The Southwestern Historical Quarterly, Volume 85, July 1981 - April, 1982 Page: 372
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Southwestern Historical Quarterly
perience of Alexander von Humboldt. A leading scientist and natural
philosopher of his day, Humboldt was given access to all of the records
available in Mexico City while he was compiling his general map of
New Spain in 1803. The resulting map can indeed be termed a "mag-
nificent cartographic achievement," but it nevertheless displays a sadly
deficient rendering of the Texas area. Humboldt admitted that, due
to the lack of information in the capital, he was forced to rely on data
furnished him by the American general James Wilkinson for his de-
piction of the Texas interior.2
Wilkinson's knowledge stemmed from American interest in the
area generated by the recent Louisiana Purchase. The boundaries of
the territory acquired in that transaction were unclear, and many
Americans, including President Thomas Jefferson, were of the opin-
ion that they might include Texas. Spain and the United States, there-
fore, entered into a protracted series of negotiations aimed at defining
their common border. As a part of this process the viceroy commis-
sioned a noted cleric and scholar, Jos6 Antonio Pichardo, to prepare a
report that could serve as the basis for the Spanish claim. Pichardo
relied on all the information in the archives in Mexico, as well as on
special reports from the field, one of which was furnished by Father
Jose Maria de Jesis Puelles, a Franciscan then stationed at Nacog-
doches. Puelles's map, dated 1807, portrayed the rivers of Texas ac-
curately for the first time, and in particular correctly showed the
magnitude and position of the Brazos. Pichardo added Puelles's con-
tribution to the other information at his disposal, compiling a single
document that stands as the official statement of the knowledge of the
region on the eve of Anglo-American colonization. Like the earlier
effort of Humboldt, and based in large part on the same sources,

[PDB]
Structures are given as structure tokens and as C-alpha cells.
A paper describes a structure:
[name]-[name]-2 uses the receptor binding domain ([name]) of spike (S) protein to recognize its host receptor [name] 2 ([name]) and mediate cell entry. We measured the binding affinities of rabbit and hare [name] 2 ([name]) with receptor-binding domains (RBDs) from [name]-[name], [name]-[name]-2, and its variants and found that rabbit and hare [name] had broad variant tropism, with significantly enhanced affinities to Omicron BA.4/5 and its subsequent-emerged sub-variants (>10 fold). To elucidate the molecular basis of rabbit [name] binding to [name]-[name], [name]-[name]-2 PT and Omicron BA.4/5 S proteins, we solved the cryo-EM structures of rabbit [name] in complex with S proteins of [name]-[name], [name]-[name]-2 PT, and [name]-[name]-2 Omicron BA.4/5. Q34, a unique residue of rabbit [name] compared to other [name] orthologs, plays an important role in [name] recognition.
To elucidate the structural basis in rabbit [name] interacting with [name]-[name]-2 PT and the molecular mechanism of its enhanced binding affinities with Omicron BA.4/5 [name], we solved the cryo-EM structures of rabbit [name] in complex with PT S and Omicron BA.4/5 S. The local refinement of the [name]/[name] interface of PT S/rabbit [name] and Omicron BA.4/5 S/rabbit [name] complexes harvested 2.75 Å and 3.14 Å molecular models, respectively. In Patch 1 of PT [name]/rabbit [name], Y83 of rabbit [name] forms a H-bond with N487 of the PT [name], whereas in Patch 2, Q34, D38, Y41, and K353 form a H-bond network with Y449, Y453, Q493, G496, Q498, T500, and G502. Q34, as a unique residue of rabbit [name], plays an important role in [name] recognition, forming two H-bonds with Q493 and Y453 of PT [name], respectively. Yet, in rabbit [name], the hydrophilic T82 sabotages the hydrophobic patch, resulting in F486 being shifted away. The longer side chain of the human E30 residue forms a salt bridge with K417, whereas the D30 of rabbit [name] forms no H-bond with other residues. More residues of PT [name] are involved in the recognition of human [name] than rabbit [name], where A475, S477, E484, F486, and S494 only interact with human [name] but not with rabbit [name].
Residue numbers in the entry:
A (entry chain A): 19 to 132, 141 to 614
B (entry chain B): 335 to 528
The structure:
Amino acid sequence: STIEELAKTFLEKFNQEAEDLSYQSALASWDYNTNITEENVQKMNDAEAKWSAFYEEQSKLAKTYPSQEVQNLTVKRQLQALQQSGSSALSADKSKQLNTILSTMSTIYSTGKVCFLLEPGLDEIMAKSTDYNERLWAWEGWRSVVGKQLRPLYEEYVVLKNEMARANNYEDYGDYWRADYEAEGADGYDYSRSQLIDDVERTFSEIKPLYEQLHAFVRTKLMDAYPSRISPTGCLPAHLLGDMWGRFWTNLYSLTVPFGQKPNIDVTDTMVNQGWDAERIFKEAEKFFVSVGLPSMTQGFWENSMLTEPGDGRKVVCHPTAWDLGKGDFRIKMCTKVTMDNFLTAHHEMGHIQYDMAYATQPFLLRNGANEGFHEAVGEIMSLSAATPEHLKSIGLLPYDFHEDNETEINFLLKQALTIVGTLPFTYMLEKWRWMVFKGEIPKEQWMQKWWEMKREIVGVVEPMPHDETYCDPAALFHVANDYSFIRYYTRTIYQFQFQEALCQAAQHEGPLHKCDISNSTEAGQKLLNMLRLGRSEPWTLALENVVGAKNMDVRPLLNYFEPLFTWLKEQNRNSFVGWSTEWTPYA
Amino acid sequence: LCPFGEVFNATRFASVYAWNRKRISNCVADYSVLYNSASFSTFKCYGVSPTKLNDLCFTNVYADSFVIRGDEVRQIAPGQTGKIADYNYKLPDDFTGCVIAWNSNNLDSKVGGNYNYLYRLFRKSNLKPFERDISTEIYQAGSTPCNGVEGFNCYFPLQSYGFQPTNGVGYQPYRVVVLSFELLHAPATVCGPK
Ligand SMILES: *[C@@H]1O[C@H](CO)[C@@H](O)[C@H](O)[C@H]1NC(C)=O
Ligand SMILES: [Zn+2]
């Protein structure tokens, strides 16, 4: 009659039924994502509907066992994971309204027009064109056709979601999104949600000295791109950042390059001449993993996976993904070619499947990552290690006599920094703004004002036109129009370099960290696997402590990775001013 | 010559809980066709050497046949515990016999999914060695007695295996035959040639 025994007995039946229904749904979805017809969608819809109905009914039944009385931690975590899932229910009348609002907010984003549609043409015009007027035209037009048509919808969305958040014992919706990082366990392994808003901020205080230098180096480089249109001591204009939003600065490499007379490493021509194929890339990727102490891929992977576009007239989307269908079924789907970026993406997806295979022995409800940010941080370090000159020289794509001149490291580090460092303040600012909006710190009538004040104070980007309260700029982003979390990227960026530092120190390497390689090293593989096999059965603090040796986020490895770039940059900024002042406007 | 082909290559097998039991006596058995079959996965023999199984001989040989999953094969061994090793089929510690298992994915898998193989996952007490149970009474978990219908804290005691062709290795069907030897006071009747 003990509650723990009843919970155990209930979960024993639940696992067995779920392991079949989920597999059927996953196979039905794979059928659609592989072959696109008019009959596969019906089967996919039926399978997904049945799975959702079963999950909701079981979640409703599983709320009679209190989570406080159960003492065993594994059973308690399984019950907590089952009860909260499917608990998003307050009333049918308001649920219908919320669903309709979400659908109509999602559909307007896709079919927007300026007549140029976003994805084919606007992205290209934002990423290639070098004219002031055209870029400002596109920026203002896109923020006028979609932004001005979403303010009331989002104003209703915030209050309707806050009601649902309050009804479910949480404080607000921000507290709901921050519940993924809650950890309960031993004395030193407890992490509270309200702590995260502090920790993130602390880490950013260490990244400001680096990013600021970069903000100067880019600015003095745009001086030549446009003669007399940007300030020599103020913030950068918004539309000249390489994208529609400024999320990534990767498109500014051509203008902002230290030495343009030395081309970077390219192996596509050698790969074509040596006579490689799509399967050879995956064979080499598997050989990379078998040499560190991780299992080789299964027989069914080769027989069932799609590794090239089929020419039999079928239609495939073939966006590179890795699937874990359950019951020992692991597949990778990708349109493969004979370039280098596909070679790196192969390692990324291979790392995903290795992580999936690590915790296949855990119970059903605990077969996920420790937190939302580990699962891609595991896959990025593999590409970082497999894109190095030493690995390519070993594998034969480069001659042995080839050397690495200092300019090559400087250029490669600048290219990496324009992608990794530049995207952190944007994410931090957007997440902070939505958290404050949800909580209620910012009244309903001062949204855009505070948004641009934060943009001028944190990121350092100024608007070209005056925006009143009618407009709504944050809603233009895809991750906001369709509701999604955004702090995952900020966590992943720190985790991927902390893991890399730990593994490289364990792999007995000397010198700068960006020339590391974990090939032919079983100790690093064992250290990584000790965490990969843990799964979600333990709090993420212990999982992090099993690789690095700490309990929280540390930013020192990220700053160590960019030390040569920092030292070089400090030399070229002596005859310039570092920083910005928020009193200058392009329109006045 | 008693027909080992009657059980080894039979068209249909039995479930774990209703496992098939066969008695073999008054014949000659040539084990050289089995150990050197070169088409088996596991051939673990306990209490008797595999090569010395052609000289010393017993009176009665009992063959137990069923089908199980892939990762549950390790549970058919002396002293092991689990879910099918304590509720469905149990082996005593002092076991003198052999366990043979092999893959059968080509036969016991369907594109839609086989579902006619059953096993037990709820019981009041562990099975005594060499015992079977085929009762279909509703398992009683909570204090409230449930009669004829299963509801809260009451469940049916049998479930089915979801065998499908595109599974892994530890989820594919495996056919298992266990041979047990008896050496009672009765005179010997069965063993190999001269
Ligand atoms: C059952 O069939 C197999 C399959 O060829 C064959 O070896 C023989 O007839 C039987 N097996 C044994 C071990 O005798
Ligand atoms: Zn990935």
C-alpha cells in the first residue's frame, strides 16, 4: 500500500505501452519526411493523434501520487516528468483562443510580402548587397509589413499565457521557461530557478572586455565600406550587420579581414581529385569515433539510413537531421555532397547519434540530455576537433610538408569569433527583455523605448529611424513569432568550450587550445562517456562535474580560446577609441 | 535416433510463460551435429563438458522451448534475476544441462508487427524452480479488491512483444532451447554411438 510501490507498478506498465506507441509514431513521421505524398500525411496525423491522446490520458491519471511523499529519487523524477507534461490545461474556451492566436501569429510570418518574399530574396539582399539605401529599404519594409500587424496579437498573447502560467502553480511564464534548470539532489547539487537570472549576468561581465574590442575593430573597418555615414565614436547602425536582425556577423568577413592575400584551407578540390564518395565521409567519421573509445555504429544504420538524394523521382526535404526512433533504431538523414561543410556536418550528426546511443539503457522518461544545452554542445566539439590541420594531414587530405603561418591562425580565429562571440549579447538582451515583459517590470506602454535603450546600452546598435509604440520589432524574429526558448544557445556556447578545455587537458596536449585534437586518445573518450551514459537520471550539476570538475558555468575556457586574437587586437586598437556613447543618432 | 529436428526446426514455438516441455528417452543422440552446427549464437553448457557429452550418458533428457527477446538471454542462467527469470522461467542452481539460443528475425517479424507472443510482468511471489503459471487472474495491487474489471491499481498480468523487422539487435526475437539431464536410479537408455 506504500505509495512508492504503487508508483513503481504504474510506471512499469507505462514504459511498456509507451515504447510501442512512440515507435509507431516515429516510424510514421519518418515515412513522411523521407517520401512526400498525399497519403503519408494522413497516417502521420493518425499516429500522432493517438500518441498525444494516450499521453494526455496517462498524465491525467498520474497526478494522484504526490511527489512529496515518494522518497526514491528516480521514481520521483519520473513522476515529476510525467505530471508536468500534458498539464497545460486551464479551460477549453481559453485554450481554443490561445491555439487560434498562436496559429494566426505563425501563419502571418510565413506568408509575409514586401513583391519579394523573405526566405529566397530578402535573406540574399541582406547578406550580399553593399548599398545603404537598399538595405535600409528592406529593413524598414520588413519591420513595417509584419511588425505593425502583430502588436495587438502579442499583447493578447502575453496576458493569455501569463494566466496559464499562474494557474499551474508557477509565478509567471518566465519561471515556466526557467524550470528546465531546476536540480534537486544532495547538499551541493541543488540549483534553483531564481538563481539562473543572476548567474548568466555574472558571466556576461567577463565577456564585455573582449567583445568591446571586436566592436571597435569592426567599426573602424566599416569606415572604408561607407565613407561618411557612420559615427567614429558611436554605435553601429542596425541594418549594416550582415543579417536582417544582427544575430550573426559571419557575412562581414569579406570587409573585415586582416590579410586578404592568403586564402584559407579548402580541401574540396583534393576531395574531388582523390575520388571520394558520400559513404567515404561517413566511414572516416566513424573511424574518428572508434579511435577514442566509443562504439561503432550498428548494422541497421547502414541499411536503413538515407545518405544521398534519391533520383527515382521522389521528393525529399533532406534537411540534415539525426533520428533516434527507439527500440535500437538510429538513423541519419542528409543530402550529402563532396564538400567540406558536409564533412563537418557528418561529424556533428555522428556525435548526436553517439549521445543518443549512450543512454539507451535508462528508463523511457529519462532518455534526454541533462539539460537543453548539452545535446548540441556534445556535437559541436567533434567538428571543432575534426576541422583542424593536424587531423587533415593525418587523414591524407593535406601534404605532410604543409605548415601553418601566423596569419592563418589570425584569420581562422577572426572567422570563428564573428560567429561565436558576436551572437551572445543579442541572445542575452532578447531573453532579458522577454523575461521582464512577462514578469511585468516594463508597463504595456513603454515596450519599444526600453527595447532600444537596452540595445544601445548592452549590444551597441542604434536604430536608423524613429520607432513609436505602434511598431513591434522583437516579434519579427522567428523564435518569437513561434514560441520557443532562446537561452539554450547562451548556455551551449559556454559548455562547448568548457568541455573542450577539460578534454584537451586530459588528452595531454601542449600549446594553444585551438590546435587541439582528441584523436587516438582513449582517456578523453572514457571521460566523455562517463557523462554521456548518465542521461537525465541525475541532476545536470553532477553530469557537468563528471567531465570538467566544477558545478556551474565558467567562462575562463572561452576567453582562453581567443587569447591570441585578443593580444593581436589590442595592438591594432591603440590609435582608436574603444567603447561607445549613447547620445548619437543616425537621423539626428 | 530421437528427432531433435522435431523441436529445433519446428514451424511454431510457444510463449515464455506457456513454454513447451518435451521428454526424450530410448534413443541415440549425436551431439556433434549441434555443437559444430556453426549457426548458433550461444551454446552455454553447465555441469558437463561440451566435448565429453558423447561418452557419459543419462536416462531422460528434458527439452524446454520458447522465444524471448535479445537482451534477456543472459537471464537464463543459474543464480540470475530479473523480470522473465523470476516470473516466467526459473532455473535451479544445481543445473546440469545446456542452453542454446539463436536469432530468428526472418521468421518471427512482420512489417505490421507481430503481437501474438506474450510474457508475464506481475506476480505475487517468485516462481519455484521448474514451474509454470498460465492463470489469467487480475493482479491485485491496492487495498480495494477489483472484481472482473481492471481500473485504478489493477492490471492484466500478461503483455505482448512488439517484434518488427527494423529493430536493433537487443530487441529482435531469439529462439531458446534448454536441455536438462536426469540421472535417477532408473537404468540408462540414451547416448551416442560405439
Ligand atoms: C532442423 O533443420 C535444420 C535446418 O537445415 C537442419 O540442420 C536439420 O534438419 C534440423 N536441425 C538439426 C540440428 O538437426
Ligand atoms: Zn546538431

Pichardo's map marks a genuine advance, but nevertheless reveals
more ignorance than knowledge. And like most of the Spanish maps
of the region, Pichardo's map was never published.3
2Wheat, Mapping the Transmississippi West, I, 132 (quotation); Alexander de Hum-
boldt, Political Essay on the Kingdom of New Spain, trans. John Black (4 vols.; London,
1811), I, lxxx; Thomas W. Streeter, Bibliography of Texas, 1795-1845 . . . (5 vols.; Cam-
bridge, Mass., 1955-196o), Pt. III, Vol. 1, number 1,o42, pp. 18, 19. General James Wilkin-
son's lengthy military and political career in the United States is not only laced through-
out with charges of intrigue and peculation, but also repeatedly coupled to Texas
through his associations with Philip Nolan, Aaron Burr, and James Long, husband of
his niece, Jane Wilkinson Long. The literature concerning him is vast, but a good place
to begin, as always, is with Dumas Malone (ed)., Dictionary of American Biography (xo
vols.; New York, 1936), X, 222-226.
3[Jos6 Maria Puelles], "Mapa de la provincia de Texas" (Archives, University of Texas
Library, Austin); James P. Bryan and Walter K. Hanak, Texas in Maps (Austin, 1961), 9,
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Texas State Historical Association. The Southwestern Historical Quarterly, Volume 85, July 1981 - April, 1982, periodical, 1981/1982; Austin, Texas. (texashistory.unt.edu/ark:/67531/metapth101208/m1/430/: accessed August 23, 2017), University of North Texas Libraries, The Portal to Texas History, texashistory.unt.edu; crediting Texas State Historical Association.